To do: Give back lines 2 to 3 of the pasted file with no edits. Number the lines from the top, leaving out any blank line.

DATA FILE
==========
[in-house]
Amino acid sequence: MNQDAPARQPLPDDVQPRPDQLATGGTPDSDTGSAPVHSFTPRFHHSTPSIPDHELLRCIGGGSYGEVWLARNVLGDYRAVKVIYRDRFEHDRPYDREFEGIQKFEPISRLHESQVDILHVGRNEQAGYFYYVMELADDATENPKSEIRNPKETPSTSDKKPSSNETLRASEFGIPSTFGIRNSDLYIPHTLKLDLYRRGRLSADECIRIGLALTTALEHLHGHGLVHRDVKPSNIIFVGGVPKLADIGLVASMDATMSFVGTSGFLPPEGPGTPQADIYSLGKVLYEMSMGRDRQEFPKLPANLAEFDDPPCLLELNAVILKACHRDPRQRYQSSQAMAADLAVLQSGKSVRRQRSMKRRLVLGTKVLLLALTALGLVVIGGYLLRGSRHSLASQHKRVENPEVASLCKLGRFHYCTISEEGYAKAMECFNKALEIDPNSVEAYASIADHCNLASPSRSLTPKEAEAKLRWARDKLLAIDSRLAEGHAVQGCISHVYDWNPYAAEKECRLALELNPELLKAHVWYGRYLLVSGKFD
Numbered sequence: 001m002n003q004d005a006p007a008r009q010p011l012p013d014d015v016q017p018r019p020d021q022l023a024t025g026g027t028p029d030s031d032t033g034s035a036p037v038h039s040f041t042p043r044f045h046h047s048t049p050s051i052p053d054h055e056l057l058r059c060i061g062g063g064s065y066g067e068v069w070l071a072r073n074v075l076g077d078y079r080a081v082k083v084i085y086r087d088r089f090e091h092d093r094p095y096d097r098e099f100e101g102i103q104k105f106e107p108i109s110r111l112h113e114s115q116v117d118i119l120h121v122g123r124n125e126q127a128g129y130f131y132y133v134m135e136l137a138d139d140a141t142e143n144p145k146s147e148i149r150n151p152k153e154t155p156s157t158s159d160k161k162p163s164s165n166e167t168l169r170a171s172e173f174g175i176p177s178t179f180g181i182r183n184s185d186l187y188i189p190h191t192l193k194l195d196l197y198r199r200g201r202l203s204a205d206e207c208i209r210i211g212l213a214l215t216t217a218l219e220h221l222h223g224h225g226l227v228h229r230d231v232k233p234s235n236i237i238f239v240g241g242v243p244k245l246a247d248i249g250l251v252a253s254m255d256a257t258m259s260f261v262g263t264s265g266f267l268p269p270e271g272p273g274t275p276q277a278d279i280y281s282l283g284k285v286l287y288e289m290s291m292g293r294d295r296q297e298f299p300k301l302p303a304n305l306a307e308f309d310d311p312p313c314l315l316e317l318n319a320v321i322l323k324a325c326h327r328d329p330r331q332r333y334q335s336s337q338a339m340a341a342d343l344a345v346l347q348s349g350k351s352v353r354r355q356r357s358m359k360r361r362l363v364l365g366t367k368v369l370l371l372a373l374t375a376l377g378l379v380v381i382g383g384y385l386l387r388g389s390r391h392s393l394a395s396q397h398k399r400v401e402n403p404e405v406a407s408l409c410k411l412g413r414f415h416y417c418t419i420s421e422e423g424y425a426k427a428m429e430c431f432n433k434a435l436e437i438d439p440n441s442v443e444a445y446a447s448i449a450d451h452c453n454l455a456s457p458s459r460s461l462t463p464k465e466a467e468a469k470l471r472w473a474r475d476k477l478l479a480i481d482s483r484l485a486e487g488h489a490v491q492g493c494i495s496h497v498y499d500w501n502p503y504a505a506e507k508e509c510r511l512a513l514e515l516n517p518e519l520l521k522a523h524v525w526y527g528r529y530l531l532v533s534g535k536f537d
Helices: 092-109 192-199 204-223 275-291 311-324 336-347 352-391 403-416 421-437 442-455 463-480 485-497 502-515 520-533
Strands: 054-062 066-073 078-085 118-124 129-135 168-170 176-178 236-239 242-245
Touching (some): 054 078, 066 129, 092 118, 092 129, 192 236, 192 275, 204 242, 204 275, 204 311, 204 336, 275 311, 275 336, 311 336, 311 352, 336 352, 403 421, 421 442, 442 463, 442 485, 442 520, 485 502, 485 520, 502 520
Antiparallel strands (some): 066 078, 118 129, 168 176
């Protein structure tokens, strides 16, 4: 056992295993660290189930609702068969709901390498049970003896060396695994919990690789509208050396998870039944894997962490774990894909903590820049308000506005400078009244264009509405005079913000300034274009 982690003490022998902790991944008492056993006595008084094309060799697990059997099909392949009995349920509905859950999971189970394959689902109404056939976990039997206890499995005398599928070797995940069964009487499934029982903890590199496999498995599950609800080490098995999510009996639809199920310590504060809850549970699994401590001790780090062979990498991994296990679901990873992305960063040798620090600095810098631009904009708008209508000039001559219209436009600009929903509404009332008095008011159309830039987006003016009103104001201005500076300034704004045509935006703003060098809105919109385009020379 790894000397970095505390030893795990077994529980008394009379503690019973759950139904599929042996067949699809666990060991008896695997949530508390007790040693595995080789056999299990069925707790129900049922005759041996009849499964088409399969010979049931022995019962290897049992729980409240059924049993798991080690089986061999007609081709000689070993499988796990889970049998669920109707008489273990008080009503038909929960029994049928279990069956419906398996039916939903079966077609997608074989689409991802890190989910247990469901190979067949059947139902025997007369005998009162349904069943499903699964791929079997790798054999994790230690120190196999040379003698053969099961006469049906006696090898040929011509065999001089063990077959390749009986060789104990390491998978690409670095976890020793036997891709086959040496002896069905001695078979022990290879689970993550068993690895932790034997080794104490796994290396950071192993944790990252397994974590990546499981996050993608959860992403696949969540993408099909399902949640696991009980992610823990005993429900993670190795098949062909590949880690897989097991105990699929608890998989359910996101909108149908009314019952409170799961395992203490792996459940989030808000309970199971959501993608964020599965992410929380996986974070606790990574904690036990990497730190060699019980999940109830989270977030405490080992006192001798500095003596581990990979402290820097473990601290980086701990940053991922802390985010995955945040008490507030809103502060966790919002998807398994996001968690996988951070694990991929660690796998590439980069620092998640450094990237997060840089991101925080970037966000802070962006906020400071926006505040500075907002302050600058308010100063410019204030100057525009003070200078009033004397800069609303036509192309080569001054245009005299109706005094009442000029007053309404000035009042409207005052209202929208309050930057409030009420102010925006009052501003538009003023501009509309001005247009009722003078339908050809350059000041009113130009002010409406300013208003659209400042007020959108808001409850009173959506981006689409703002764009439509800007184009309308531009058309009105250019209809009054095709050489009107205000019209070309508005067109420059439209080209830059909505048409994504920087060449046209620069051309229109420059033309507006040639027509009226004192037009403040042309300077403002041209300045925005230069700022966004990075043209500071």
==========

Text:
Amino acid sequence: MNQDAPARQPLPDDVQPRPDQLATGGTPDSDTGSAPVHSFTPRFHHSTPSIPDHELLRCIGGGSYGEVWLARNVLGDYRAVKVIYRDRFEHDRPYDREFEGIQKFEPISRLHESQVDILHVGRNEQAGYFYYVMELADDATENPKSEIRNPKETPSTSDKKPSSNETLRASEFGIPSTFGIRNSDLYIPHTLKLDLYRRGRLSADECIRIGLALTTALEHLHGHGLVHRDVKPSNIIFVGGVPKLADIGLVASMDATMSFVGTSGFLPPEGPGTPQADIYSLGKVLYEMSMGRDRQEFPKLPANLAEFDDPPCLLELNAVILKACHRDPRQRYQSSQAMAADLAVLQSGKSVRRQRSMKRRLVLGTKVLLLALTALGLVVIGGYLLRGSRHSLASQHKRVENPEVASLCKLGRFHYCTISEEGYAKAMECFNKALEIDPNSVEAYASIADHCNLASPSRSLTPKEAEAKLRWARDKLLAIDSRLAEGHAVQGCISHVYDWNPYAAEKECRLALELNPELLKAHVWYGRYLLVSGKFD
Numbered sequence: 001m002n003q004d005a006p007a008r009q010p011l012p013d014d015v016q017p018r019p020d021q022l023a024t025g026g027t028p029d030s031d032t033g034s035a036p037v038h039s040f041t042p043r044f045h046h047s048t049p050s051i052p053d054h055e056l057l058r059c060i061g062g063g064s065y066g067e068v069w070l071a072r073n074v075l076g077d078y079r080a081v082k083v084i085y086r087d088r089f090e091h092d093r094p095y096d097r098e099f100e101g102i103q104k105f106e107p108i109s110r111l112h113e114s115q116v117d118i119l120h121v122g123r124n125e126q127a128g129y130f131y132y133v134m135e136l137a138d139d140a141t142e143n144p145k146s147e148i149r150n151p152k153e154t155p156s157t158s159d160k161k162p163s164s165n166e167t168l169r170a171s172e173f174g175i176p177s178t179f180g181i182r183n184s185d186l187y188i189p190h191t192l193k194l195d196l197y198r199r200g201r202l203s204a205d206e207c208i209r210i211g212l213a214l215t216t217a218l219e220h221l222h223g224h225g226l227v228h229r230d231v232k233p234s235n236i237i238f239v240g241g242v243p244k245l246a247d248i249g250l251v252a253s254m255d256a257t258m259s260f261v262g263t264s265g266f267l268p269p270e271g272p273g274t275p276q277a278d279i280y281s282l283g284k285v286l287y288e289m290s291m292g293r294d295r296q297e298f299p300k301l302p303a304n305l306a307e308f309d310d311p312p313c314l315l316e317l318n319a320v321i322l323k324a325c326h327r328d329p330r331q332r333y334q335s336s337q338a339m340a341a342d343l344a345v346l347q348s349g350k351s352v353r354r355q356r357s358m359k360r361r362l363v364l365g366t367k368v369l370l371l372a373l374t375a376l377g378l379v380v381i382g383g384y385l386l387r388g389s390r391h392s393l394a395s396q397h398k399r400v401e402n403p404e405v406a407s408l409c410k411l412g413r414f415h416y417c418t419i420s421e422e423g424y425a426k427a428m429e430c431f432n433k434a435l436e437i438d439p440n441s442v443e444a445y446a447s448i449a450d451h452c453n454l455a456s457p458s459r460s461l462t463p464k465e466a467e468a469k470l471r472w473a474r475d476k477l478l479a480i481d482s483r484l485a486e487g488h489a490v491q492g493c494i495s496h497v498y499d500w501n502p503y504a505a506e507k508e509c510r511l512a513l514e515l516n517p518e519l520l521k522a523h524v525w526y527g528r529y530l531l532v533s534g535k536f537d